Can a director rely on management and the auditors?

Yes and no. A director can rely on management and the auditors to prepare the accounts, subject to the usual qualification that reliance is not permitted if the director has reason to suspect the delegate is not reliable and competent.

However, when it comes to approving the accounts, the directors have an explicit obligation under section 295(4) of the Corporations Act, to declare that the accounts are true and fair and comply with the accounting standards. This requires the directors to actively consider the question, drawing on the knowledge they each have of the company's operations and financial position. While some reliance on the work of others to prepare the accounts is permitted, the directors have ultimate responsibility for approving the accounts and cannot delegate that role.

In the Centro case, the Court found that the board had not given the required level of active consideration to the accounts, so did not discharge their duties.

Managing information overload

There was evidence given by the directors about the large amount of information they would receive each month, and each director's practice in reviewing that information.

The Court suggested that the Board should control the amount of information which is provided, to ensure that directors can focus on key information which they need to be aware of.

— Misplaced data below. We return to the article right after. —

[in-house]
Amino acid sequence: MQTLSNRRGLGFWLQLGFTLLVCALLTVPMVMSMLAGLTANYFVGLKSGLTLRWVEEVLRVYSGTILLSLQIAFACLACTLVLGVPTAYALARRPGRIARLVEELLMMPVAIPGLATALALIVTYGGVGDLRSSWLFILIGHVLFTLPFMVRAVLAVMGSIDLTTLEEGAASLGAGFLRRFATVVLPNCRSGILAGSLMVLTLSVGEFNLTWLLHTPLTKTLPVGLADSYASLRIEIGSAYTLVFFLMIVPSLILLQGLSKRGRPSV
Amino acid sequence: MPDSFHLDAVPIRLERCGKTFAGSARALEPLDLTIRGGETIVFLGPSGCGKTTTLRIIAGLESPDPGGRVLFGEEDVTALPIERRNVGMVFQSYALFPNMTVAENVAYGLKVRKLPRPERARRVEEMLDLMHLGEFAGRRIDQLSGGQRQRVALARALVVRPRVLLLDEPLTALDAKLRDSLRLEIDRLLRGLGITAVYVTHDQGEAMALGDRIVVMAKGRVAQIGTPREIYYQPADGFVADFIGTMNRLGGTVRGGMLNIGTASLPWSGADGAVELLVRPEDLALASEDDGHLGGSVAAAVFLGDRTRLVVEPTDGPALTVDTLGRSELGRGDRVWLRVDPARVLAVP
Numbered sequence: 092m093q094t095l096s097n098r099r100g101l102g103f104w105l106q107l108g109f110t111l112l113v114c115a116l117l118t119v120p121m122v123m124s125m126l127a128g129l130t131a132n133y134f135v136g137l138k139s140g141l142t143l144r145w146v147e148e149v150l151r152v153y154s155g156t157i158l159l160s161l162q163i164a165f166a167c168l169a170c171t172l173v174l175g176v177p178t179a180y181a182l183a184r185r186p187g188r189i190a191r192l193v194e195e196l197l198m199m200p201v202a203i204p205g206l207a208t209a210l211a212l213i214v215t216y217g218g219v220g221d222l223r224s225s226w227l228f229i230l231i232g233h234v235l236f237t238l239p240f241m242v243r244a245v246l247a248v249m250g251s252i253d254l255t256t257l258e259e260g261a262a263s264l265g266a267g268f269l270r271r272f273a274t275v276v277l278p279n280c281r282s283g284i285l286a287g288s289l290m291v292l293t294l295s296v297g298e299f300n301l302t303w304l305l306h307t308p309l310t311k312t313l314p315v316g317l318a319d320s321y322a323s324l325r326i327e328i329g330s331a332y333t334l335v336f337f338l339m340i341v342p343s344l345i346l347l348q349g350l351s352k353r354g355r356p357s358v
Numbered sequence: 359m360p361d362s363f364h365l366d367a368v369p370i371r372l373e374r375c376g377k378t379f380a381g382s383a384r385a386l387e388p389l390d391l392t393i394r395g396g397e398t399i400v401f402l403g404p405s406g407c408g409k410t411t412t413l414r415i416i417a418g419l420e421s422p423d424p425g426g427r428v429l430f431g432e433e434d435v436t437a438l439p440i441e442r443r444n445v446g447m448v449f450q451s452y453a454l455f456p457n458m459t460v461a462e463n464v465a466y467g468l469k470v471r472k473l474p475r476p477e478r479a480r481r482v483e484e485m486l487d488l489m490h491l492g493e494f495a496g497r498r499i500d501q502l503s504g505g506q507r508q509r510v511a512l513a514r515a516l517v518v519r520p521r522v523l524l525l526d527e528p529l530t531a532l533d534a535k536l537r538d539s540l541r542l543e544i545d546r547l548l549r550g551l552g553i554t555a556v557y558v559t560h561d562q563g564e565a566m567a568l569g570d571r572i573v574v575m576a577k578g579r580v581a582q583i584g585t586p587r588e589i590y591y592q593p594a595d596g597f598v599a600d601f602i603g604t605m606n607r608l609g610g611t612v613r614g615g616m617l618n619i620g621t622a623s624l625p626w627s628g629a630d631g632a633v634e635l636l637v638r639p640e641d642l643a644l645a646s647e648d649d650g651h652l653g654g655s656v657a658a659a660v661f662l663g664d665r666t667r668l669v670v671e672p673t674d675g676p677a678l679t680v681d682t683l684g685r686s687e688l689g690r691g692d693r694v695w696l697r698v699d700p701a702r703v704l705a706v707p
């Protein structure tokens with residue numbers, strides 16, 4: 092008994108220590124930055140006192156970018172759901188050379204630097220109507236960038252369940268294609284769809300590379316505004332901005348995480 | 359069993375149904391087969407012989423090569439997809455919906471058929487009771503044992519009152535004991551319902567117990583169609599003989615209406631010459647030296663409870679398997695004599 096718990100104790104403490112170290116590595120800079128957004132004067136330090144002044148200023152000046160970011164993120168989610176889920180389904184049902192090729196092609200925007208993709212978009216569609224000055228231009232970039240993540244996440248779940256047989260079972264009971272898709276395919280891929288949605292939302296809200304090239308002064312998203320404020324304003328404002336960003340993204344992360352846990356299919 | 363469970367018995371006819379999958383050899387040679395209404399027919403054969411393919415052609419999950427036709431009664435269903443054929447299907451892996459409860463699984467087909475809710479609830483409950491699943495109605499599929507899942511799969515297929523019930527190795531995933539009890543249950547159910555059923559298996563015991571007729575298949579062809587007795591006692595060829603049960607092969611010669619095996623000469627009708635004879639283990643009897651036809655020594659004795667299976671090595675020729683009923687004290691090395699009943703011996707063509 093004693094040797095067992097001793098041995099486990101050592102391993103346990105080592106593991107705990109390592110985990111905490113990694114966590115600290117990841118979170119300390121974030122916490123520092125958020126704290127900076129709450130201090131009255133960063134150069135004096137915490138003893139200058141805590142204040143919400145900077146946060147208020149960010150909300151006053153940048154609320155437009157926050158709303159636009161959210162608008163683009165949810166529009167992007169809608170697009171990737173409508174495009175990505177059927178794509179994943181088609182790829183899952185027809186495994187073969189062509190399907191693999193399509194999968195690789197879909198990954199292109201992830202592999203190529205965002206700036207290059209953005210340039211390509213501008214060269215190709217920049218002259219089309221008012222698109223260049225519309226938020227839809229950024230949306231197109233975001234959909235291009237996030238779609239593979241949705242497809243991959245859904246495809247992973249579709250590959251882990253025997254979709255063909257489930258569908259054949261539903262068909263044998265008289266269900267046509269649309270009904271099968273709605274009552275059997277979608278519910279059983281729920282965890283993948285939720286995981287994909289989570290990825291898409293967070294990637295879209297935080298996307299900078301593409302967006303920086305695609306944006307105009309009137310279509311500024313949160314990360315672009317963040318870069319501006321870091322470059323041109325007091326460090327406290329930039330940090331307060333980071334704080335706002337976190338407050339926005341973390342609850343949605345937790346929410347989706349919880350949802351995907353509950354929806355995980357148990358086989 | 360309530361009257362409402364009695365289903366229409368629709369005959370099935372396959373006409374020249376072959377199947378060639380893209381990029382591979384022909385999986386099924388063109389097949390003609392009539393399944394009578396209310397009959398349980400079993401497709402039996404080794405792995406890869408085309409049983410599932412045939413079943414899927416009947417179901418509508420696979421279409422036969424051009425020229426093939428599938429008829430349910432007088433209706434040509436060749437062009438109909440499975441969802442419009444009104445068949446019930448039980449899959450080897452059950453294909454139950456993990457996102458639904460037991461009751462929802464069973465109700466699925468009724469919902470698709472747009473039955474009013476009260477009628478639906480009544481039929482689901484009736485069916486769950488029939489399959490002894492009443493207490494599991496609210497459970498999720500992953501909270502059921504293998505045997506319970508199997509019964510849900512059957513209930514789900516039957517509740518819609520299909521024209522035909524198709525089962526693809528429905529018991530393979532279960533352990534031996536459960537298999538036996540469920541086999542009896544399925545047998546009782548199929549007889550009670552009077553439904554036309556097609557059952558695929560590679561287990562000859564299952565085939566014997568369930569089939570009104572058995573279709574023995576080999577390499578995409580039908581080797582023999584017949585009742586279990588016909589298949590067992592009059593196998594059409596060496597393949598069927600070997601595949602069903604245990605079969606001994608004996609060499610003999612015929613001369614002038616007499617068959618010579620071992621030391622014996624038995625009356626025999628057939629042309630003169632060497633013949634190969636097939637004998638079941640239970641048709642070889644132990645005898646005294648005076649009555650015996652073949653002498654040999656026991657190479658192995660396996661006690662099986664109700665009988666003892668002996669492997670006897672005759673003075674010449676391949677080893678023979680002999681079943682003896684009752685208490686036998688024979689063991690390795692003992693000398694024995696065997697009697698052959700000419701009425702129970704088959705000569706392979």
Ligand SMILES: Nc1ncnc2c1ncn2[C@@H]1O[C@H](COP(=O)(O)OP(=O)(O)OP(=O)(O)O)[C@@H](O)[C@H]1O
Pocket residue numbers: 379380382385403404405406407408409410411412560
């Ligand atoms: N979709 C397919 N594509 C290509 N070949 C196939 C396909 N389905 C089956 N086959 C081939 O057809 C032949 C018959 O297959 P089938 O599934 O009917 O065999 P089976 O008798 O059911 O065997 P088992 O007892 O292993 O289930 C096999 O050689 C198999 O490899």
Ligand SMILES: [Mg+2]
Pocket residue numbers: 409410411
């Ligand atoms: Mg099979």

Given the complexity of many organisations and the diverse duties and potential liabilities imposed on directors, this is more easily said than done. It will be a challenge for management to decide:

  • what information to include and what to omit from board papers; or
  • what to include in "upfront" reports, rather than background or supporting papers,

in the quest to ensure directors have all key information readily to hand, but not too much information - not least because the key information omitted will always be identified with the benefit of perfect hindsight. 

The consequences

There are a number of steps which directors, management and advisers of all not for profit organisations can take, to avoid finding themselves in the situation of the Centro directors:

  • further education on financial literacy, key accounting concepts and the company's and director's obligations under Part 2M of the Corporations Act or equivalent legislation;
  • a very careful review of the financial statements and an "inquisition" of management and the auditors, before the financial statements are approved by directors, for any potential inconsistencies between the information which directors know about the company and the information disclosed in the financial statements; and
  • a focus on the extent of information which is provided to the board in advance of meetings or the timing of information being provided to the board, so that directors have sufficient time to review and digest the information before meetings.